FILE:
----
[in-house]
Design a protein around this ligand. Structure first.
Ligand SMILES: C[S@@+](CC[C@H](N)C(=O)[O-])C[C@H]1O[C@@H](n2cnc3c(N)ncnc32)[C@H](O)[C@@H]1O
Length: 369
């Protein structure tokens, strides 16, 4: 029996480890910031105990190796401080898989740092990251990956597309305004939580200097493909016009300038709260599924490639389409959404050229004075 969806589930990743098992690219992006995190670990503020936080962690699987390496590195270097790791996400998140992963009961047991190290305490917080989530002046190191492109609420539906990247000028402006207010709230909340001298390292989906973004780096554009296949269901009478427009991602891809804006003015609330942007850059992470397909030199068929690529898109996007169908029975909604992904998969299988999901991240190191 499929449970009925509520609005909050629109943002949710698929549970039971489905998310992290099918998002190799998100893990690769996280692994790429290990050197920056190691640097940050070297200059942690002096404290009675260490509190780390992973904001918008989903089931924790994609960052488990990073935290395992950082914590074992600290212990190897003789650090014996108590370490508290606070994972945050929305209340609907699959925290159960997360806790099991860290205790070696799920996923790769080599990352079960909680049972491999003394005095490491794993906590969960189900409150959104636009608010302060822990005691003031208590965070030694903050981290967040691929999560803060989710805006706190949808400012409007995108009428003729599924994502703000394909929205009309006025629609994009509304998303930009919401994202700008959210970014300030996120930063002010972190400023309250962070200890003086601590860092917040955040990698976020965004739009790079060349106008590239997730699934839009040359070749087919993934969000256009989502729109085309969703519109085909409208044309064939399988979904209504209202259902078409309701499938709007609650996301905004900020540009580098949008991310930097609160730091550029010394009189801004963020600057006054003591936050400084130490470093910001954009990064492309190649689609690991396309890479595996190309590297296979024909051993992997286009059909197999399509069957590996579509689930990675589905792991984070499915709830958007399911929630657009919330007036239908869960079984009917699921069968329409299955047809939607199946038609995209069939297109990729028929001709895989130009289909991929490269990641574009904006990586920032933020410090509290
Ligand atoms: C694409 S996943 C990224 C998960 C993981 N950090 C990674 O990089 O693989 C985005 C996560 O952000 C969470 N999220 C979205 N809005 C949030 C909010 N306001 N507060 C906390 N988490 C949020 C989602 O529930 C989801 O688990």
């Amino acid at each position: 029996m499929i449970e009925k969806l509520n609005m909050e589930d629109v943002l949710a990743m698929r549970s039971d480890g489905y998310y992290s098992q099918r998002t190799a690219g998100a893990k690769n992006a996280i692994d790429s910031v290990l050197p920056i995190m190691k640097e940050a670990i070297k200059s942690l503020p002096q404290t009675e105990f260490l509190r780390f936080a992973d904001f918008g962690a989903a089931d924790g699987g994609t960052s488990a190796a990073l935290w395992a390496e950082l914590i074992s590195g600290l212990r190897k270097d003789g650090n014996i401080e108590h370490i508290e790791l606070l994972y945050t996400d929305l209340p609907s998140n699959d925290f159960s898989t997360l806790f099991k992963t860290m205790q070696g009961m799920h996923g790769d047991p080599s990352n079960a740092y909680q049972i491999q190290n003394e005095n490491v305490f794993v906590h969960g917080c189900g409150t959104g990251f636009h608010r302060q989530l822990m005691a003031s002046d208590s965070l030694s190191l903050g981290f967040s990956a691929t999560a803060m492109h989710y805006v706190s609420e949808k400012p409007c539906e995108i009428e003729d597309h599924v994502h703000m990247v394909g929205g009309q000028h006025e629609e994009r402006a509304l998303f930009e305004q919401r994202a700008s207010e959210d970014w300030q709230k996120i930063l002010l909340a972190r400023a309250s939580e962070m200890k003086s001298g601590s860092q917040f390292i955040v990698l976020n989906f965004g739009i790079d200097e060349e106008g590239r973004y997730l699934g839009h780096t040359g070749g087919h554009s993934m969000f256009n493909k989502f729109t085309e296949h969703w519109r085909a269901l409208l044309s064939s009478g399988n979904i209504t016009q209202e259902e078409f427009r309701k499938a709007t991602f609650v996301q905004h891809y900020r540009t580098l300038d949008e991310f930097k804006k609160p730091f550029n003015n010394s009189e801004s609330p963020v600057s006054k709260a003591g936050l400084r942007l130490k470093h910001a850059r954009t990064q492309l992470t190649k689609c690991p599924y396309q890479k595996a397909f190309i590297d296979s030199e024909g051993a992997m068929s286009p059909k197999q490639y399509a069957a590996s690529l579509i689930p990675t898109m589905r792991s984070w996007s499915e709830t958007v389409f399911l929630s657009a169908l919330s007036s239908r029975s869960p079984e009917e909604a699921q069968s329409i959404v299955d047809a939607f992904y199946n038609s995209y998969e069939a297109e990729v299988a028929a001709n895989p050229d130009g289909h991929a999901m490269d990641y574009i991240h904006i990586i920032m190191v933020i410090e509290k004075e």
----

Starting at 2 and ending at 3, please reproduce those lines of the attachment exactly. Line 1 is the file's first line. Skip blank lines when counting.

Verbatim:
Design a protein around this ligand. Structure first.
Ligand SMILES: C[S@@+](CC[C@H](N)C(=O)[O-])C[C@H]1O[C@@H](n2cnc3c(N)ncnc32)[C@H](O)[C@@H]1O